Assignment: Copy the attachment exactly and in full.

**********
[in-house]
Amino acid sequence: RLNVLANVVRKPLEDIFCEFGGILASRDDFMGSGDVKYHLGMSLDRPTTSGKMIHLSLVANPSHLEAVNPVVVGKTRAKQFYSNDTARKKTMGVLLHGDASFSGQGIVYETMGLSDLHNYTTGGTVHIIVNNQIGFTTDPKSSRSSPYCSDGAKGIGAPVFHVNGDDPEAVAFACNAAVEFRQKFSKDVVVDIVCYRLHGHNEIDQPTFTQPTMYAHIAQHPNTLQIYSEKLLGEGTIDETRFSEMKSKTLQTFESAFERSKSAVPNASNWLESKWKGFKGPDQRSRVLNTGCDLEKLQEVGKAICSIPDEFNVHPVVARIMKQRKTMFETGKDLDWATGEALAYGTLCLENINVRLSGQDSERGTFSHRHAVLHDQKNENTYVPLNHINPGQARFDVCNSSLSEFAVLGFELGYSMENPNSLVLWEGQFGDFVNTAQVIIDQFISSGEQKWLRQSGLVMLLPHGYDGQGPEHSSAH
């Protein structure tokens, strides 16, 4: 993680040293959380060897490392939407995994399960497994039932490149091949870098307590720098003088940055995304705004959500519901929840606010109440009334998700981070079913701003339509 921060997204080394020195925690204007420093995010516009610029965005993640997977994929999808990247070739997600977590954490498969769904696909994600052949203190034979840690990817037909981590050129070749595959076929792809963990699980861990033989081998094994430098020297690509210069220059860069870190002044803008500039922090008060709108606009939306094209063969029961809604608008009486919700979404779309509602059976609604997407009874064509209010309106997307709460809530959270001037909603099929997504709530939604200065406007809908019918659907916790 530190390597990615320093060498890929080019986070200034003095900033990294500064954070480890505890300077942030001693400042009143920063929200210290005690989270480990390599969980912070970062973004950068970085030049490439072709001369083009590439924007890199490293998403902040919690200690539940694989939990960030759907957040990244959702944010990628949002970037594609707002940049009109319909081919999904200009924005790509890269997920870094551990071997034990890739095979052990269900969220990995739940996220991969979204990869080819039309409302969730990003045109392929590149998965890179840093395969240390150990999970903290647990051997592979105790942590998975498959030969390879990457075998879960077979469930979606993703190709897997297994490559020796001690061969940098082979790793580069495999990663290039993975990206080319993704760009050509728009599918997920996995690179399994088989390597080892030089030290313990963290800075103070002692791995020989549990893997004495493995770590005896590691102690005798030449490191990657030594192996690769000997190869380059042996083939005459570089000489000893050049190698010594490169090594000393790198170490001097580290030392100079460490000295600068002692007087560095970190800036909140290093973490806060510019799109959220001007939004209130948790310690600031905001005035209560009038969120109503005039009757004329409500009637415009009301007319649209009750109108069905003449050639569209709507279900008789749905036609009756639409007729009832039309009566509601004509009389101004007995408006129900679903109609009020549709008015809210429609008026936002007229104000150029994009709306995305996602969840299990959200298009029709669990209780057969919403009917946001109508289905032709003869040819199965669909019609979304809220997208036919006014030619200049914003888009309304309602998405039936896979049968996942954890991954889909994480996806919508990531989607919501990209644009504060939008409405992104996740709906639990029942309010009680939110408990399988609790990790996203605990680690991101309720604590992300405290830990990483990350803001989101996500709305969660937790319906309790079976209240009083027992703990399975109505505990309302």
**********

[in-house]
Amino acid sequence: RLNVLANVVRKPLEDIFCEFGGILASRDDFMGSGDVKYHLGMSLDRPTTSGKMIHLSLVANPSHLEAVNPVVVGKTRAKQFYSNDTARKKTMGVLLHGDASFSGQGIVYETMGLSDLHNYTTGGTVHIIVNNQIGFTTDPKSSRSSPYCSDGAKGIGAPVFHVNGDDPEAVAFACNAAVEFRQKFSKDVVVDIVCYRLHGHNEIDQPTFTQPTMYAHIAQHPNTLQIYSEKLLGEGTIDETRFSEMKSKTLQTFESAFERSKSAVPNASNWLESKWKGFKGPDQRSRVLNTGCDLEKLQEVGKAICSIPDEFNVHPVVARIMKQRKTMFETGKDLDWATGEALAYGTLCLENINVRLSGQDSERGTFSHRHAVLHDQKNENTYVPLNHINPGQARFDVCNSSLSEFAVLGFELGYSMENPNSLVLWEGQFGDFVNTAQVIIDQFISSGEQKWLRQSGLVMLLPHGYDGQGPEHSSAH
């Protein structure tokens, strides 16, 4: 993680040293959380060897490392939407995994399960497994039932490149091949870098307590720098003088940055995304705004959500519901929840606010109440009334998700981070079913701003339509 921060997204080394020195925690204007420093995010516009610029965005993640997977994929999808990247070739997600977590954490498969769904696909994600052949203190034979840690990817037909981590050129070749595959076929792809963990699980861990033989081998094994430098020297690509210069220059860069870190002044803008500039922090008060709108606009939306094209063969029961809604608008009486919700979404779309509602059976609604997407009874064509209010309106997307709460809530959270001037909603099929997504709530939604200065406007809908019918659907916790 530190390597990615320093060498890929080019986070200034003095900033990294500064954070480890505890300077942030001693400042009143920063929200210290005690989270480990390599969980912070970062973004950068970085030049490439072709001369083009590439924007890199490293998403902040919690200690539940694989939990960030759907957040990244959702944010990628949002970037594609707002940049009109319909081919999904200009924005790509890269997920870094551990071997034990890739095979052990269900969220990995739940996220991969979204990869080819039309409302969730990003045109392929590149998965890179840093395969240390150990999970903290647990051997592979105790942590998975498959030969390879990457075998879960077979469930979606993703190709897997297994490559020796001690061969940098082979790793580069495999990663290039993975990206080319993704760009050509728009599918997920996995690179399994088989390597080892030089030290313990963290800075103070002692791995020989549990893997004495493995770590005896590691102690005798030449490191990657030594192996690769000997190869380059042996083939005459570089000489000893050049190698010594490169090594000393790198170490001097580290030392100079460490000295600068002692007087560095970190800036909140290093973490806060510019799109959220001007939004209130948790310690600031905001005035209560009038969120109503005039009757004329409500009637415009009301007319649209009750109108069905003449050639569209709507279900008789749905036609009756639409007729009832039309009566509601004509009389101004007995408006129900679903109609009020549709008015809210429609008026936002007229104000150029994009709306995305996602969840299990959200298009029709669990209780057969919403009917946001109508289905032709003869040819199965669909019609979304809220997208036919006014030619200049914003888009309304309602998405039936896979049968996942954890991954889909994480996806919508990531989607919501990209644009504060939008409405992104996740709906639990029942309010009680939110408990399988609790990790996203605990680690991101309720604590992300405290830990990483990350803001989101996500709305969660937790319906309790079976209240009083027992703990399975109505505990309302």